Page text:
Moreover, with Web 2.0 technologies, there are plenty of opportunities for unintentional data leakage. For example, an employee or consultant innocently updating their location status on a social networking sight could inadvertently reveal the whereabouts of a data center that a company wishes to remain secret. "Twitter, social networking and real-time communication has taken the corporate world unawares," Hernandez says. "There's a rethink underway."
Part of this re-assessment is due to the fact that while network security has long focused on thwarting threats from the outside, many new threats emanate from within a company's own walls. "The hacker community is focusing on client-side attacks," he says. "It's the next challenge from the IT perspective. The controls on outbound access are generally less restrictive. Once a machine is compromised, it can establish an outbound connection over a relatively innocuous port to the person who initiated it, bypassing all the edge controls."
For the insurance industry, the risk is the loss of a customer's personal information, such as bank account information, which hackers can then use for ID theft.
Instead of relying solely on technological fixes for these issues, Hernandez counsels an emphasis on education. Penetration testing reveals that employees are still the primary conduit for viruses and malware to enter the enterprise. While most employees will ignore e-mailed requests from strangers alleging to be Nigerian princes, many still fall prey to more sophisticated scams purporting to come from seemingly reputable sources such as a bank, or the company's IT department, Hernandez says. "The No. 1 remediation activity is awareness training," he says. "There are technology controls available but they can be difficult to implement and complex to manage, especially compared to awareness training."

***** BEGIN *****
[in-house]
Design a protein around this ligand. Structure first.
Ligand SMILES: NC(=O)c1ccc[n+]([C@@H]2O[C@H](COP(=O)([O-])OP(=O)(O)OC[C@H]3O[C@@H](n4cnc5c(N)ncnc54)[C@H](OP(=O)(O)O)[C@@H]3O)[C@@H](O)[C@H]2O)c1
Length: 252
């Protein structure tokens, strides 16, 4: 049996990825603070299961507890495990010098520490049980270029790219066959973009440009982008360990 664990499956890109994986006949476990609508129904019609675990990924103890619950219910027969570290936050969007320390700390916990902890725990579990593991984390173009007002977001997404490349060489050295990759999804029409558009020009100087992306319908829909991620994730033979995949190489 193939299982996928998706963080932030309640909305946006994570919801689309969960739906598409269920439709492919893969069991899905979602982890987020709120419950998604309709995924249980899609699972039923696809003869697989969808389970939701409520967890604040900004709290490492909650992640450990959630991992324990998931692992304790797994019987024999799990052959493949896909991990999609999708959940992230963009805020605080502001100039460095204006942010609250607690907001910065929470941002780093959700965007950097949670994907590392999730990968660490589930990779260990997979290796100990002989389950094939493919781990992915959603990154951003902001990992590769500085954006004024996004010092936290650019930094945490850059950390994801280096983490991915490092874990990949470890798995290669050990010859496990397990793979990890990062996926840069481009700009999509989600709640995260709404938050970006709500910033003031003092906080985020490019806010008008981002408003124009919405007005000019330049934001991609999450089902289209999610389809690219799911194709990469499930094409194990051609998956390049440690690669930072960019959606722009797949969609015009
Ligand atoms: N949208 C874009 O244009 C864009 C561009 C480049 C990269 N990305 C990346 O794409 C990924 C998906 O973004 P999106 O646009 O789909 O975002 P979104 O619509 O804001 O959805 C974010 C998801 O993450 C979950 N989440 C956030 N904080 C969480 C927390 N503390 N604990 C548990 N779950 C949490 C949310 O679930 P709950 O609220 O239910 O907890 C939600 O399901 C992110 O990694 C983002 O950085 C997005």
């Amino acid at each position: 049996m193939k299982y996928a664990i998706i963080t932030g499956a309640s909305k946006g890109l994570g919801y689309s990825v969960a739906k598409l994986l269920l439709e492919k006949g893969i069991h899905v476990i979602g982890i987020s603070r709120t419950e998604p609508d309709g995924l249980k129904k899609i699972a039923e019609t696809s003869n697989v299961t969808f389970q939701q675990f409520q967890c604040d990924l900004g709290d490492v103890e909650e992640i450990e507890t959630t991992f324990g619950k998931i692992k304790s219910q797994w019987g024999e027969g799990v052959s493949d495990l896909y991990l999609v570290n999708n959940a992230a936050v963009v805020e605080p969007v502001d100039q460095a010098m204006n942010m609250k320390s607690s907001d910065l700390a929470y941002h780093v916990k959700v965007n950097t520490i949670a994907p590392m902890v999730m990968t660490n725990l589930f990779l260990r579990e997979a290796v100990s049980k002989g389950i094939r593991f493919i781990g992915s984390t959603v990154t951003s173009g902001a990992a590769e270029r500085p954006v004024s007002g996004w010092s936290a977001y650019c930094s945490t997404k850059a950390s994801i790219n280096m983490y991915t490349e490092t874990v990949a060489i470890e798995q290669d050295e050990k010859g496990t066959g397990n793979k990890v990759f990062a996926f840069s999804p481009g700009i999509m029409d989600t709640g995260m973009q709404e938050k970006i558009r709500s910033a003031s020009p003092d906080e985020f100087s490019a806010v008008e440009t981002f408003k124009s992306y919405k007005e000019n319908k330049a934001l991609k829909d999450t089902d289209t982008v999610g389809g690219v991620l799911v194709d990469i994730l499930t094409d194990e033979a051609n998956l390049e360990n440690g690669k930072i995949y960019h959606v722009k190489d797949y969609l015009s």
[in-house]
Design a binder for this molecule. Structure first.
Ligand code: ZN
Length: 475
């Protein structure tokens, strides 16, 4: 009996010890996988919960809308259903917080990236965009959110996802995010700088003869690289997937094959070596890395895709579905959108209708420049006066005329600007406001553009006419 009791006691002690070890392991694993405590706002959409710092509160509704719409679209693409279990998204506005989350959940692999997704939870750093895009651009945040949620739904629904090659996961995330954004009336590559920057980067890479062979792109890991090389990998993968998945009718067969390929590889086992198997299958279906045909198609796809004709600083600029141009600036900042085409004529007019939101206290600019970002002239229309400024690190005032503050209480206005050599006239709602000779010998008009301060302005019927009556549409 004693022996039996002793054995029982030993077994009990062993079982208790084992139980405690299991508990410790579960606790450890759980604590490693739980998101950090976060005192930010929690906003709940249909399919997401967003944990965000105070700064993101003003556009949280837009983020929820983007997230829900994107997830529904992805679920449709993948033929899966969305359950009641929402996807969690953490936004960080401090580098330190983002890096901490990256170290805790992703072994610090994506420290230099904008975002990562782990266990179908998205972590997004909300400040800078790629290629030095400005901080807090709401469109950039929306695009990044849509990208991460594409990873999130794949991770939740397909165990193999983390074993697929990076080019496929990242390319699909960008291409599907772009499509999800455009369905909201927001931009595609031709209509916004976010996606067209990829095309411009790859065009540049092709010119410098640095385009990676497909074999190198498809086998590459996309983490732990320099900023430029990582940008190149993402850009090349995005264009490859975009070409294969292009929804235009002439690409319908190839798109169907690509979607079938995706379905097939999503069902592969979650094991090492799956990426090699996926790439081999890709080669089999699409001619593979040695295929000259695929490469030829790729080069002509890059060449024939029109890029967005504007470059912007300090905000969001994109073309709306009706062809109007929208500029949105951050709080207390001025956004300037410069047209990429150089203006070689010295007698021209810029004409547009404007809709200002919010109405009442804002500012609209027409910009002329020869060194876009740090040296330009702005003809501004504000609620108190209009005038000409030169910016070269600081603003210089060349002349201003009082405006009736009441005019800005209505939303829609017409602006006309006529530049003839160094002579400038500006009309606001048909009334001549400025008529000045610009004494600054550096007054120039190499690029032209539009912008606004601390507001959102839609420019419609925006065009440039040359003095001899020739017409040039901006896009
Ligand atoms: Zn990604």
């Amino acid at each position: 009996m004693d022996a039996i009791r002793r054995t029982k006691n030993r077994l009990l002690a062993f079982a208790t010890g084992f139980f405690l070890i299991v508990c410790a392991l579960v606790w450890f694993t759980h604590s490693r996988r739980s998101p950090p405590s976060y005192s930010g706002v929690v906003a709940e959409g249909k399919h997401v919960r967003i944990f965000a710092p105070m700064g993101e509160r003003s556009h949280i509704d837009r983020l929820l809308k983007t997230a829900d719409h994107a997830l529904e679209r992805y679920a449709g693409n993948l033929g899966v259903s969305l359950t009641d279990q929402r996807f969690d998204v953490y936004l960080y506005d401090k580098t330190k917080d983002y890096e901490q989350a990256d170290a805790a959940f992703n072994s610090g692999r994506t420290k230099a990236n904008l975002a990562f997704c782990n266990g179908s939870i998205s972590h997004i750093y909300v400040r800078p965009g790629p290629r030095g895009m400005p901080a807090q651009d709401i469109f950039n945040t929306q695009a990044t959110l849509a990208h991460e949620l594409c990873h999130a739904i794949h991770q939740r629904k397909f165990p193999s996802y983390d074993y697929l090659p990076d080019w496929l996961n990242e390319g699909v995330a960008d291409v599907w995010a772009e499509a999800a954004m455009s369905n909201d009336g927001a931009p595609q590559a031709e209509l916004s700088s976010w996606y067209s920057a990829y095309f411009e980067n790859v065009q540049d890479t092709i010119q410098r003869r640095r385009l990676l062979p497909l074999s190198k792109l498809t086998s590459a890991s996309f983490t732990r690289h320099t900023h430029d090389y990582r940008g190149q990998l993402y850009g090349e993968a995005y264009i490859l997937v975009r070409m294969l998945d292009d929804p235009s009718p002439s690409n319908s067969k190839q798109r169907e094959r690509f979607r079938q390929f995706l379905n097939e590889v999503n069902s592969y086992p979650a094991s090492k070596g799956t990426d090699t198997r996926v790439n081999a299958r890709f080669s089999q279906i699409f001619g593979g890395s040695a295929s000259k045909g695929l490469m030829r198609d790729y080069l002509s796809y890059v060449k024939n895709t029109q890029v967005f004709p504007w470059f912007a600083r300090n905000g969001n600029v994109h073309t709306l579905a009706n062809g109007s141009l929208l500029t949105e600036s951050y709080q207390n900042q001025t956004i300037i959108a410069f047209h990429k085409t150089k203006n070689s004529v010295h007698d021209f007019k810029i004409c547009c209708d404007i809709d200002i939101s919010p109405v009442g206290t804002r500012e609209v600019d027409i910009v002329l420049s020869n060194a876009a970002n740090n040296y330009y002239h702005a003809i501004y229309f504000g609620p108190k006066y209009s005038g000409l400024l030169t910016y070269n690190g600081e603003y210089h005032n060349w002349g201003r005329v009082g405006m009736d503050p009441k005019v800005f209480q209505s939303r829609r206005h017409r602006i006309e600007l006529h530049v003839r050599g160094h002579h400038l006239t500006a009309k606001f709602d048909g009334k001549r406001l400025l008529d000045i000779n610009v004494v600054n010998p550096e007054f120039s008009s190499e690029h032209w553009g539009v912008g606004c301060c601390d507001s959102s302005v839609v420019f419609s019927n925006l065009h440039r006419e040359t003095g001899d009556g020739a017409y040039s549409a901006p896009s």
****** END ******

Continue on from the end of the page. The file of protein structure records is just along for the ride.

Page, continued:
Zandoli agrees that education is vital. "I argue that everyone is responsible for security," he says. "Companies have to have an education program to ensure that everyone is looking at the issue holistically. You have to look at every facet because you are only as strong as your weakest leak."
Sagalow, too, stresses the management of network security must be approached from the widest possible perspective. "You cannot think of network security simply as an IT or technology issue - in a fundamental sense, it's a risk management issue," he says, adding that he perceives cultural changes underway that bode well for security. "In the user community, there has been a philosophical change toward greater acceptance of the sacrifices needed to be more secure," he says. "If you go back a few years and ask a risk manager about cyber security, they would tell you that you're in the wrong office. Likewise, if you had asked a CTO about risk management, they would have said you are in the wrong office."
Lim agrees that it is important to have user buy in from all levels of the enterprise. "Employees need to recognize that losing a BlackBerry device is a security threat to the company, and that they cannot have a database on their laptop," he says. "Part of a CIO's job is to make sure that security measures are not so onerous that they get in the way of someone getting their job done. If employees think that your security measures are stupid or unnecessary, they are going to put a lot of energy into circumventing them."